Wednesday, October 6, 2010

Oedipus? Electra? Whatever.

“We are never so defenseless against suffering as when we love.”                 
       —Sigmund Freud
 This is absolutely one of my favorite quotes.  Mostly because it’s true.  I know a lot of people automatically see something from Freud and roll their eyes and think “ooh, what a quack!” Sure, he was a little self-righteous and definitely had some psychological issues…but name someone, especially someone famous, who isn’t a little out of the ordinary. Ultimately, pioneers in any field are ridiculed and criticized, regardless of how valid their ideas prove to be later on. Why do you think the majority of society consists of sheep, not shepherds?  Sorry for the lame metaphor.  What I mean is, it’s easier to be a follower than a leader and not everyone has what it takes to be a leader.

Now I’m not in any way condoning Freudian thought or defending him as a human being; this man was indubitably arrogant (c’mon, he made his “followers” kiss his ring and disowned some of his students that questioned his theories) and there were numerous ethical and protocol issues with the way he ran his case studies and wrote his manuscripts.  Well, for one point in his defense, no one had any idea about the brain or how it works at this point and the ideas of conscious, subconscious and unconscious didn’t even exist until he came along.And while psychoanalysis can get a little hokey (okay….really hokey), if you take out with mommy-obsessed boys, penis-envying girls and tone down the amplitude of the extremes he takes everything to, Freud has some damn good points.  The man was a medical doctor, after all. He just got a little excited. Sexually excited, perhaps he would say.

But honestly, sexuality really does surround human existence and you can argue all you want that it’s not important, it’s not an “instinct” or “drive” and can be controlled—hell, you can even argue that drives don’t exist at all.  But good luck coming up with evidence and good luck convincing me and everyone else that has studied/is studying this stuff in detail.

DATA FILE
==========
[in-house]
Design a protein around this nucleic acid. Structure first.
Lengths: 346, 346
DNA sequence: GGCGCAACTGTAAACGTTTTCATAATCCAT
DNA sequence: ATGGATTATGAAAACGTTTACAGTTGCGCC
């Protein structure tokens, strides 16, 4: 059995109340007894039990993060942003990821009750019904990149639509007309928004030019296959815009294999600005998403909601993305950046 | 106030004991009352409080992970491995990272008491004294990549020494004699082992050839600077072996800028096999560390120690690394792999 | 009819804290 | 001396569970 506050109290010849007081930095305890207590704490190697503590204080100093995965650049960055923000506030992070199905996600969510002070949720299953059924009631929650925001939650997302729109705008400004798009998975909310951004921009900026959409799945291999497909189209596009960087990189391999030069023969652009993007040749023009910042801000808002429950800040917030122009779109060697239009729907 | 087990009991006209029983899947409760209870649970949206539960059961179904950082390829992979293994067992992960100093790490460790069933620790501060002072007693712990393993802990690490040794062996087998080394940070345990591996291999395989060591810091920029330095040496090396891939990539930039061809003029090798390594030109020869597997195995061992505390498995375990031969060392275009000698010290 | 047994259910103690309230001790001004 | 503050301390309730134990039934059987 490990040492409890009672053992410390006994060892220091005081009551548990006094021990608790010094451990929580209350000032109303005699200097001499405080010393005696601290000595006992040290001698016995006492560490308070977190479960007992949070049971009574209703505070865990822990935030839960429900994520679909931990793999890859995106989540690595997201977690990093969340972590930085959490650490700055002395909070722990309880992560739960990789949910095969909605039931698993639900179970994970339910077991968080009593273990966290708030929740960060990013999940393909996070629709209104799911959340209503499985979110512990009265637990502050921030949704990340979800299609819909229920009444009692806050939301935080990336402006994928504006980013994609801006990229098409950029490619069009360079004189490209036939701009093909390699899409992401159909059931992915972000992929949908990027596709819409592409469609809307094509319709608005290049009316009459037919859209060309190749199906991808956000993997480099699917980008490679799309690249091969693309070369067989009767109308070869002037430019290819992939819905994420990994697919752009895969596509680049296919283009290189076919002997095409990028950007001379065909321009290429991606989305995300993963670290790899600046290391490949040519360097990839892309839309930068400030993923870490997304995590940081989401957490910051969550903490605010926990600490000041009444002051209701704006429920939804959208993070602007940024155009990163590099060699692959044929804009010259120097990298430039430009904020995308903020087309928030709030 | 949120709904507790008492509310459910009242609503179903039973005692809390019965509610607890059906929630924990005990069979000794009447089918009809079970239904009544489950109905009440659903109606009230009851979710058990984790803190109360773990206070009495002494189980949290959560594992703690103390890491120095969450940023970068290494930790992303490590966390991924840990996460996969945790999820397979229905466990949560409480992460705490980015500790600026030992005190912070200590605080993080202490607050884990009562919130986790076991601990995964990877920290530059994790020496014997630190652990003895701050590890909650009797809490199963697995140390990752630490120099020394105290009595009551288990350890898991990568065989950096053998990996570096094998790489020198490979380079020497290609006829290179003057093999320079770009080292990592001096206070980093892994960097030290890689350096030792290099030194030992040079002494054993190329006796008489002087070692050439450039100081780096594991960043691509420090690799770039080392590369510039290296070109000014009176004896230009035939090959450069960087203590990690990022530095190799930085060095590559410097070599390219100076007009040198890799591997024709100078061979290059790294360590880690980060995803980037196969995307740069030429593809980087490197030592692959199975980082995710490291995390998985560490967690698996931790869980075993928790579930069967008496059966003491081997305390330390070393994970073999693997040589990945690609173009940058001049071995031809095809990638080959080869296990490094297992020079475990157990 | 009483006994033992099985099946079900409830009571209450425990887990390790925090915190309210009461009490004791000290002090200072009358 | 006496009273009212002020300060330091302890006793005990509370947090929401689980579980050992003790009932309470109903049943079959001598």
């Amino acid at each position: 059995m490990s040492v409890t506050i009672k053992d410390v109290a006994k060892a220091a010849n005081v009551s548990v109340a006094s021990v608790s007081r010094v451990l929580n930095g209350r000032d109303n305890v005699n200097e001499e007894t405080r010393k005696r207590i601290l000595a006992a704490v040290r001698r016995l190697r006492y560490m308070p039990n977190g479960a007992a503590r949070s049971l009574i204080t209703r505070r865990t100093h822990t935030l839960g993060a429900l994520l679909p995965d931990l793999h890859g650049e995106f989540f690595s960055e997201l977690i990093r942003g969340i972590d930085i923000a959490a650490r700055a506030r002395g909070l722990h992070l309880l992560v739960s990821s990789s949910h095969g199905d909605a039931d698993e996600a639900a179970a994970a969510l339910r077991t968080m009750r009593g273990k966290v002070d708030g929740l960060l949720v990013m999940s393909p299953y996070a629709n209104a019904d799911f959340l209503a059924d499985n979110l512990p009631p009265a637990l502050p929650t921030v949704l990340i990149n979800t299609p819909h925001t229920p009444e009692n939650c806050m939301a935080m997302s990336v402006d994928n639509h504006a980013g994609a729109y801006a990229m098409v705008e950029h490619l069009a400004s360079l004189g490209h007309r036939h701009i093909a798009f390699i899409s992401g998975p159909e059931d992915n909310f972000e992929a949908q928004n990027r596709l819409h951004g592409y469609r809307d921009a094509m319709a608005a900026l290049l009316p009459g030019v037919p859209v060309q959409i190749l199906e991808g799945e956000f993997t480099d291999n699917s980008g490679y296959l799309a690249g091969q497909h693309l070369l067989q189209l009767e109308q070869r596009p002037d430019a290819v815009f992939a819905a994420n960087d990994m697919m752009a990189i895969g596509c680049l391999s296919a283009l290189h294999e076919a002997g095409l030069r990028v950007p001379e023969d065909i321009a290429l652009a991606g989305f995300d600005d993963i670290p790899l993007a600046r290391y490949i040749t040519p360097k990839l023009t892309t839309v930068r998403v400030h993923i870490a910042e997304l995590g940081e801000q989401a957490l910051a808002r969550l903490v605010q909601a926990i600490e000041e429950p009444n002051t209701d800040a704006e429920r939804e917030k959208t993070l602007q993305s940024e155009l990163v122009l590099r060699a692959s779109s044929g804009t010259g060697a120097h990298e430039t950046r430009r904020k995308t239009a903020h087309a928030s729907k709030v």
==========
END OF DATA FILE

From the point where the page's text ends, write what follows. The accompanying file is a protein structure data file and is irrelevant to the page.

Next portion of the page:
Basically, my points are these: this quote is awesome. Freud was a crazy pioneer and I love him. My lunch break is nearly over because I got sidetracked—as usual.  Make of this quote what you will. My train of thought is that everybody overuses the word “love”. When you truly love someone else, you change. Not FOR them, but BECAUSE of them. And it’s not something you can control, or something you should be considered weak for. It can, however, render you defenseless against certain things, especially and mostly the other person.  No matter how well you know someone, you can never with total accuracy predict his or her actions—hell, you can’t even predict you own actions half the time. If you’re doubting me, think about how different you are from a few years ago. Think about how many times you’ve thought or said “I never thought I’d be ___” or “I can’t believe I ____”. People change, learn, grow. It’s a part of life and of human nature (yeah, there’s that phrase again). No matter how you look at it—from a psychological, philosophical or biological point of view—it’s a natural cycle. If you’re staying stagnant, there’s some kind of issue. I work in a hospital…if you need someone’s number..or, I don’t know… new organ or complex thought, lemme know. Help me help you.

Back to the point, it just made me think about how even the most selfish hard-ass can end up being in love or putting his life on the line for a child. It can suck, but EVERYONE has a weak spot (well, unless you’re a sociopath…); maybe you’re just not the one who can see it. And maybe someone else can.

Thanks, Freud. LYLAS.

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